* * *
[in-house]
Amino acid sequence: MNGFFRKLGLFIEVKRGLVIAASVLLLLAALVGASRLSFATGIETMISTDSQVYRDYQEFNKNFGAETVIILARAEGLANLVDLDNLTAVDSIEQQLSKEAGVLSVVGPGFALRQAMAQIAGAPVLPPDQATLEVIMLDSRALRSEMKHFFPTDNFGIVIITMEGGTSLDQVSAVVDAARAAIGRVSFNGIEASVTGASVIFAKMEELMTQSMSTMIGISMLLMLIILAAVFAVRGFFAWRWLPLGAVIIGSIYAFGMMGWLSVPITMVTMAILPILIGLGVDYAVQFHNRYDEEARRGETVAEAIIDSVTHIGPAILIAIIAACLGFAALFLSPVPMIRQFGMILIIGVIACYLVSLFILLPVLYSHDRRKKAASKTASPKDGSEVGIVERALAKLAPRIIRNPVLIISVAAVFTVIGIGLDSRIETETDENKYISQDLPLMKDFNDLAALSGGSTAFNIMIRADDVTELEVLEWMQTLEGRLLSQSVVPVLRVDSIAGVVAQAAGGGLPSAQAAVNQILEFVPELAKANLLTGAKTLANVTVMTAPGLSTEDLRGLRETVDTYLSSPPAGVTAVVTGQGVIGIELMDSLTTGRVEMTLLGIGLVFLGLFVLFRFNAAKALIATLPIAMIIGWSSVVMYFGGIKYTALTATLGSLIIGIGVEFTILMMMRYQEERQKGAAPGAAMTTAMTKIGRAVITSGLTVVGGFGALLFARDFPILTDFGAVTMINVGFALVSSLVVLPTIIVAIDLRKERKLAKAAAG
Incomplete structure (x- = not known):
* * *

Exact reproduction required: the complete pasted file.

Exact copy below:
[in-house]
Amino acid sequence: MNGFFRKLGLFIEVKRGLVIAASVLLLLAALVGASRLSFATGIETMISTDSQVYRDYQEFNKNFGAETVIILARAEGLANLVDLDNLTAVDSIEQQLSKEAGVLSVVGPGFALRQAMAQIAGAPVLPPDQATLEVIMLDSRALRSEMKHFFPTDNFGIVIITMEGGTSLDQVSAVVDAARAAIGRVSFNGIEASVTGASVIFAKMEELMTQSMSTMIGISMLLMLIILAAVFAVRGFFAWRWLPLGAVIIGSIYAFGMMGWLSVPITMVTMAILPILIGLGVDYAVQFHNRYDEEARRGETVAEAIIDSVTHIGPAILIAIIAACLGFAALFLSPVPMIRQFGMILIIGVIACYLVSLFILLPVLYSHDRRKKAASKTASPKDGSEVGIVERALAKLAPRIIRNPVLIISVAAVFTVIGIGLDSRIETETDENKYISQDLPLMKDFNDLAALSGGSTAFNIMIRADDVTELEVLEWMQTLEGRLLSQSVVPVLRVDSIAGVVAQAAGGGLPSAQAAVNQILEFVPELAKANLLTGAKTLANVTVMTAPGLSTEDLRGLRETVDTYLSSPPAGVTAVVTGQGVIGIELMDSLTTGRVEMTLLGIGLVFLGLFVLFRFNAAKALIATLPIAMIIGWSSVVMYFGGIKYTALTATLGSLIIGIGVEFTILMMMRYQEERQKGAAPGAAMTTAMTKIGRAVITSGLTVVGGFGALLFARDFPILTDFGAVTMINVGFALVSSLVVLPTIIVAIDLRKERKLAKAAAG
Incomplete structure (x- = not known):